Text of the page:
Following the Vietnam War, Americans wanted to ensure this country never again committed our military to long conflicts without either a declaration of war or other formal approval of Congress. They wanted Article 1, Section 8 of the Constitution followed by America's leaders instead of ignored.
Congress heeded this call and passed the War Powers Resolution, aka War Powers Act. President Nixon vetoed this bill but on November 7, 1973, Congress overrode the veto; 284-135 in the House and 75-18 in the Senate, reaffirming that while the president is the commander in chief, only Congress has the power to declare war.
1) The president will consult with Congress before U.S. armed forces are committed to hostilities or to where hostilities are imminent.
2) It applies to all circumstances where U.S. armed forces are to deployed or where the number of forces already deployed is to be significantly increased for the purpose of combat. It applies to forces deployed to the land, airspace, or waters of any foreign nation.
3) The president must report to both chambers of Congress within 48 hours:
- The specific circumstances requiring the deployment of U.S. forces.
- The constitutional and legislative authority to take such action.
- The scope and duration of U.S involvement.
- Requires the president to provide any other information requested by Congress needed to allow it to perform its constitutional authority to commit the nation to war and report to Congress periodically, but no less than once every six month, the status of hostilities and projected continued involvement of U.S. armed forces.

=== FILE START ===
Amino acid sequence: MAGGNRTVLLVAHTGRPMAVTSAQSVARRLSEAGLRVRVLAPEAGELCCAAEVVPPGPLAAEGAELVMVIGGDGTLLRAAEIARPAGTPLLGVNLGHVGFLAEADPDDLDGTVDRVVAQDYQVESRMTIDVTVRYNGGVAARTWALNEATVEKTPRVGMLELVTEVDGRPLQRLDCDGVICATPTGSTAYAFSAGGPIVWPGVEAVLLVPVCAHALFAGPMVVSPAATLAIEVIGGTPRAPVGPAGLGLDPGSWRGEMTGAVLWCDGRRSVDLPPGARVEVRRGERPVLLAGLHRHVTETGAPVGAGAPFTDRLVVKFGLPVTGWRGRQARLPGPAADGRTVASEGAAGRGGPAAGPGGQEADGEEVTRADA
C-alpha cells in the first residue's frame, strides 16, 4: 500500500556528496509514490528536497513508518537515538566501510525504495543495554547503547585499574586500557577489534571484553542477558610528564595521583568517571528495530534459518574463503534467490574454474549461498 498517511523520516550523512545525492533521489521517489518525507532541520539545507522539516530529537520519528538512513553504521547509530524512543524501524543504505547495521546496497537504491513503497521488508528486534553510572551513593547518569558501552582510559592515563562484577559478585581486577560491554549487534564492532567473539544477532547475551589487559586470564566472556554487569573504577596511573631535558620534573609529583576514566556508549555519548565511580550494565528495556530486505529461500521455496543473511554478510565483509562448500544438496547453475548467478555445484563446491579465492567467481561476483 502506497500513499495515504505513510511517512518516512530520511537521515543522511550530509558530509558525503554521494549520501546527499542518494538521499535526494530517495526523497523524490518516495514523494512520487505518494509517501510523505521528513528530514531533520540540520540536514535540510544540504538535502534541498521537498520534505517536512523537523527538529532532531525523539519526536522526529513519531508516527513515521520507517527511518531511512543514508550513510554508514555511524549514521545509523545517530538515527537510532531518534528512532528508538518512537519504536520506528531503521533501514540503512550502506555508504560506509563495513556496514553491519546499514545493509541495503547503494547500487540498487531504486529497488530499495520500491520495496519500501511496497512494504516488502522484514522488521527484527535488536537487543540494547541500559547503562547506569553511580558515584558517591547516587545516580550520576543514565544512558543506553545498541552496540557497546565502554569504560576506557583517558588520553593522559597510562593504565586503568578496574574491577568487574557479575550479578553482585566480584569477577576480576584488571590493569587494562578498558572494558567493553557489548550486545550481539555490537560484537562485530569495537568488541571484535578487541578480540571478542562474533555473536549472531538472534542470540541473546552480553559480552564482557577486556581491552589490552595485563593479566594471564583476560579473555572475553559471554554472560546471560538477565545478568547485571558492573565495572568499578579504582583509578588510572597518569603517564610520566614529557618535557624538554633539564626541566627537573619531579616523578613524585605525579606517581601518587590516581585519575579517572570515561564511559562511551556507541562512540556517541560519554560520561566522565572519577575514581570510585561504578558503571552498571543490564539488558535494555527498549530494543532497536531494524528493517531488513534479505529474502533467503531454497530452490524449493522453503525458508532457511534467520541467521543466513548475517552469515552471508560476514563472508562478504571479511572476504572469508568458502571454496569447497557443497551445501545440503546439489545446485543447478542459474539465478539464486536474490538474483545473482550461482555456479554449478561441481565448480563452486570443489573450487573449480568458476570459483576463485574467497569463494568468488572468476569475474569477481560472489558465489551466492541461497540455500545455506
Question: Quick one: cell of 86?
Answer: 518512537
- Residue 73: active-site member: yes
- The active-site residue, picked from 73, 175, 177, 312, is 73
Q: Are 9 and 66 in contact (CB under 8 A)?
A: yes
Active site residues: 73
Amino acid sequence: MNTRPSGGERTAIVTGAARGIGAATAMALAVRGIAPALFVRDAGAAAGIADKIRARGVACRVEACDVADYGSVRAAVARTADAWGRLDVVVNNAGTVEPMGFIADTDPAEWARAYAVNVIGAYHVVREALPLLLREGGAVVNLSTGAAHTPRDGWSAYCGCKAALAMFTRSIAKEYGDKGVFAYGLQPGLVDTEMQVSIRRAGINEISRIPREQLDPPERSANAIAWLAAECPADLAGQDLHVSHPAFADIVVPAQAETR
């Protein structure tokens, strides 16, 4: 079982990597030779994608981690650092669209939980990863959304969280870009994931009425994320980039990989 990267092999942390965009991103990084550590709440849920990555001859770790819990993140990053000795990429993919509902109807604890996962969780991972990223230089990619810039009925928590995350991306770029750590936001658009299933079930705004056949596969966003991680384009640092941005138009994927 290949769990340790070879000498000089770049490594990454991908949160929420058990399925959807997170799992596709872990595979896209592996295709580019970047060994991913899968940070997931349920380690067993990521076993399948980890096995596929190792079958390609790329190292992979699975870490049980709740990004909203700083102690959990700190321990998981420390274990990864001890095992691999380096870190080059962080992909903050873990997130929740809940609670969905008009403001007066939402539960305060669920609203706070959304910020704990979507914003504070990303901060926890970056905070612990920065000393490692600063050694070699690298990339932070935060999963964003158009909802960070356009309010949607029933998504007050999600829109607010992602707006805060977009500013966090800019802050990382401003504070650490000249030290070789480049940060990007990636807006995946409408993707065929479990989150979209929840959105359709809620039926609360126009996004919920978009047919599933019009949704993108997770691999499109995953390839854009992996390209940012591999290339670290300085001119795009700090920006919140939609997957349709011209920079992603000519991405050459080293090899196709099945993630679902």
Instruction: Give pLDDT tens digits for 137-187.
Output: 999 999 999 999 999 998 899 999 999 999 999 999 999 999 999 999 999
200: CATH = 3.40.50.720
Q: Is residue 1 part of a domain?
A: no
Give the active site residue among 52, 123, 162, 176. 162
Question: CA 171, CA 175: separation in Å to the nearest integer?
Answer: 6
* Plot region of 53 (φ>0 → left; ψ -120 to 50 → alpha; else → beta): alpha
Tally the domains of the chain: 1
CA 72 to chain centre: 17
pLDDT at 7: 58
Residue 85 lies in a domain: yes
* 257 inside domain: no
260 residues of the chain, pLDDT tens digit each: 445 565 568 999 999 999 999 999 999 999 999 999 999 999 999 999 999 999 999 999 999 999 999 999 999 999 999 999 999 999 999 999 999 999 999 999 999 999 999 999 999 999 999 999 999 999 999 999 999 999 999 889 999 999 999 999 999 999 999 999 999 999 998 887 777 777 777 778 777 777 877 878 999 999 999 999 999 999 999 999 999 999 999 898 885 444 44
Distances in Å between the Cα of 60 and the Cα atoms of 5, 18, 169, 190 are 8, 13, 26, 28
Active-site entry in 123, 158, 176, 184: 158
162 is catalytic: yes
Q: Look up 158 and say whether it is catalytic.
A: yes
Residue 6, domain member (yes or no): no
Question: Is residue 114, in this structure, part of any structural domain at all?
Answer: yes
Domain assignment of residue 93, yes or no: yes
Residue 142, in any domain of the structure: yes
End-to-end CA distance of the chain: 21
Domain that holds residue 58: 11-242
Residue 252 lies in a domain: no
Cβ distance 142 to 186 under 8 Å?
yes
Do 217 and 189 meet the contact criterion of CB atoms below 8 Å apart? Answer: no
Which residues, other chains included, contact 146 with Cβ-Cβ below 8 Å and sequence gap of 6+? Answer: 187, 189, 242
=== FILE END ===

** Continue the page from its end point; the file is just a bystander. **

- Following the initial report, Congress has 60 days to declare war or specially authorize, through legislation, the continued use of U.S. forces. If neither of these are done, forces must be withdrawn.
- Monetary appropriations do not constitute authorization for use of U.S. armed forces unless such authorization is specifically granted in the appropriation.
- The requirements of the War Powers Resolution do not apply to commitment of forces under multi-national commands and treaties, or the United Nations Charter in existence prior to the enactment of the resolution.
Since enactment of the War Powers Resolution, it has been an area of contention between the president and Congress.
1) President Ford: In 1975, Ford reported to Congress concerning the Mayaguez incident. This issue was resolved within 60 days.
2) President Reagan: In 1981Reagan sent military advisors to El Salvador but failed to submit a report to Congress. Some members of Congress filed a federal lawsuit to force compliance, but the U.S. District Court declined to hear the suit based on a belief hostilities were not imminent and the suit was filed for political reasons. In 1982 when he sent Marines to Lebanon as a peacekeeping force, Reagan did submit three reports to Congress. However, because those reports did not reference the Act, the 60-day clock was never started. As the Marines came under increased enemy fire, Congress and the president worked together resulting in a bill specifically authorizing the combat deployment of the Marines for 18 months being passed in compliance with the War Powers Resolution. President Reagan did not report to Congress on the invasion of Grenada in 1983. As this was a mission requested by the Organization of American States, Reagan was not in violation of the resolution. Additionally, the action had wide public support since American medical students were being held.